C) Percapita consumption of meat has not increased substantially in recent years in those countries from which Baurisia is likely to import meat. Wrong - Out of scope. The conclusion depends upon whether or not Baurisia is importing grain.

D) It is more economical for Baurisians to import meat than grain. Correct - If it is more economical to import meat than grain, then Baurisia is more likely to import meat than to import grain. Thus, the conclusion is weakened.

E) During Baurisia's years of growing prosperity, the country's population has remained relatively stable. Wrong - Neutral. Even if the country's population has remained relatively stable, the country is not more or less likely to import grain.

IMO D
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Re: The country of Baurisia has, until now, been self-sufficient in both  [#permalink]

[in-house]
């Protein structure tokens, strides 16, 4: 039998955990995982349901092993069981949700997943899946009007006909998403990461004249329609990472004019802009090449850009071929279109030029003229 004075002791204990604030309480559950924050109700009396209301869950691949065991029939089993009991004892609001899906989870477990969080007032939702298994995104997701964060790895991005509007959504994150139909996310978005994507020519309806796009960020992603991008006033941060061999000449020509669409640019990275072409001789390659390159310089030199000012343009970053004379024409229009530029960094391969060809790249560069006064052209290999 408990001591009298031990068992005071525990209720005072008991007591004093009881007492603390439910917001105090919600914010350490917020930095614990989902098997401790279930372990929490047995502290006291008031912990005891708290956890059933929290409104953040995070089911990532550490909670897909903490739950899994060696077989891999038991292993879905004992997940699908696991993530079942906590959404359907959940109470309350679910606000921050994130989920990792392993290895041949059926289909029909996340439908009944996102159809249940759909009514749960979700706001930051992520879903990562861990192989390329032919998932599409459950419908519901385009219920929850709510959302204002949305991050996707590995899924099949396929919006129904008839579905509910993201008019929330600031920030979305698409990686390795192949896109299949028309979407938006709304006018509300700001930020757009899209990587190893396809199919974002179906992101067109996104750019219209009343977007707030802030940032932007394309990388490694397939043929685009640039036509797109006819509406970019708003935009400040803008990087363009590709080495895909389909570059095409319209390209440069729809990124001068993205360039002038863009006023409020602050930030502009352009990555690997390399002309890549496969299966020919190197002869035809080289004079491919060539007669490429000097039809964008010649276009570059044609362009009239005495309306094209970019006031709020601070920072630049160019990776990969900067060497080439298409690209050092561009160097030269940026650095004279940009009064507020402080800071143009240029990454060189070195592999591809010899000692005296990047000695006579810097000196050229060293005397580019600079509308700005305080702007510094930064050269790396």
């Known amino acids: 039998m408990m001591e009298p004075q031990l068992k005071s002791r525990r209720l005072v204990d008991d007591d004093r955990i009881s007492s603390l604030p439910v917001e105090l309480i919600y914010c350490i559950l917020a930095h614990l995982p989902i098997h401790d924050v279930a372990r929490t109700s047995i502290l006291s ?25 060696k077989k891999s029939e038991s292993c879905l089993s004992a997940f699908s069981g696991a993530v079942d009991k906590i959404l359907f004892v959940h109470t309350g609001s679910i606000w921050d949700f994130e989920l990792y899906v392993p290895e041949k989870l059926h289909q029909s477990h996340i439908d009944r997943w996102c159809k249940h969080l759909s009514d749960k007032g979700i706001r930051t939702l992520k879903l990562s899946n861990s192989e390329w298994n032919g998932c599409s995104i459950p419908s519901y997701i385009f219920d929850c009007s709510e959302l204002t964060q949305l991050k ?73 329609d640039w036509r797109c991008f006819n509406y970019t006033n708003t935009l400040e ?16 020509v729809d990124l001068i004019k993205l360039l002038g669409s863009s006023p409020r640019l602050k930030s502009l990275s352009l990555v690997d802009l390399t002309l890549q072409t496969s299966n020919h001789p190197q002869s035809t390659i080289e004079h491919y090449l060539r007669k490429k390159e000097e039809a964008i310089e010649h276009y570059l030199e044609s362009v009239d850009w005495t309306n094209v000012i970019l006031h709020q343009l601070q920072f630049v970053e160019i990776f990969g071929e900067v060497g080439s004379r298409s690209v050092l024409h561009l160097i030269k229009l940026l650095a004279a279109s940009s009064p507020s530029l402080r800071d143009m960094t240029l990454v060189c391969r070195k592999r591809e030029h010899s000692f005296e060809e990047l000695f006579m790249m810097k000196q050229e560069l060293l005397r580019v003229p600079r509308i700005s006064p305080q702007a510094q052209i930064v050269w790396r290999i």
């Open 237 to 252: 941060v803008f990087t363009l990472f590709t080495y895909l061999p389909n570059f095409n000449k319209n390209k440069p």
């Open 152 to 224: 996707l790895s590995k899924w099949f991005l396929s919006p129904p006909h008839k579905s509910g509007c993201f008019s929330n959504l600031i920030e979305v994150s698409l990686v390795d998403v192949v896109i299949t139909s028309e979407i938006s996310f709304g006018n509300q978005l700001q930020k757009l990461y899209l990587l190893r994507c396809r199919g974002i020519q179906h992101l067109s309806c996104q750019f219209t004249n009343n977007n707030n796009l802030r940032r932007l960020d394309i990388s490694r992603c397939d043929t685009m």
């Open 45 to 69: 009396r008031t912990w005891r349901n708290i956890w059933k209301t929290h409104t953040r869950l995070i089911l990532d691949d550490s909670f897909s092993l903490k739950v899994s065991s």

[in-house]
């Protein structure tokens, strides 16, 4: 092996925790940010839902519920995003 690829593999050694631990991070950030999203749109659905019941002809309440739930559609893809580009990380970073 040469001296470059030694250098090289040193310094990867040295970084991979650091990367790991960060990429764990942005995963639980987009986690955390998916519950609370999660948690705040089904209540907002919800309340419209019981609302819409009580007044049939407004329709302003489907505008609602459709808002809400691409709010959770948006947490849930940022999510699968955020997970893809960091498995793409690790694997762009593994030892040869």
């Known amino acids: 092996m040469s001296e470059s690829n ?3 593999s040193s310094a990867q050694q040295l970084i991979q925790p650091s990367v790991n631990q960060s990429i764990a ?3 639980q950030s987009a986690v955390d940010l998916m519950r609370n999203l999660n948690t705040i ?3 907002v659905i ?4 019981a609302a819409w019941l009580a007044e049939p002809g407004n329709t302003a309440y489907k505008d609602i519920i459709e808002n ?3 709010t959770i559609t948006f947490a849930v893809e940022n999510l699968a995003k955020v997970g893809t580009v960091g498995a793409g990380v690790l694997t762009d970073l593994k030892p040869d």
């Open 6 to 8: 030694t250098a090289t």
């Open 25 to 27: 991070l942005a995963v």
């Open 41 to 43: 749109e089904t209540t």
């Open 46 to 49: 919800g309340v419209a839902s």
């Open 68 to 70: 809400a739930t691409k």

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New post 10 Sep 2015, 01:51
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The country of Baurisia has, until now, been self-sufficient in both grain and meat.---------This line denotes a fact or premise. However, with growing prosperity in Baurisia has come a steadily increasing per capita consumption of meat, an it takes several pounds of grain to produce one pound of meat. ---/** This denotes the basis of the argument/** Therefore, since per capita income in Baurisia is almost certain to rise further but increases in domestic grain production are highly unlikely,-----/**This denotes the fact/** Baurisia is soon to become an importer of grain.- This is the conclusion of the argument.
Which of the following, if true, most seriously weaken the argument?

A) When people increase their consumption of meat, they also tend to increase their consumption of grain.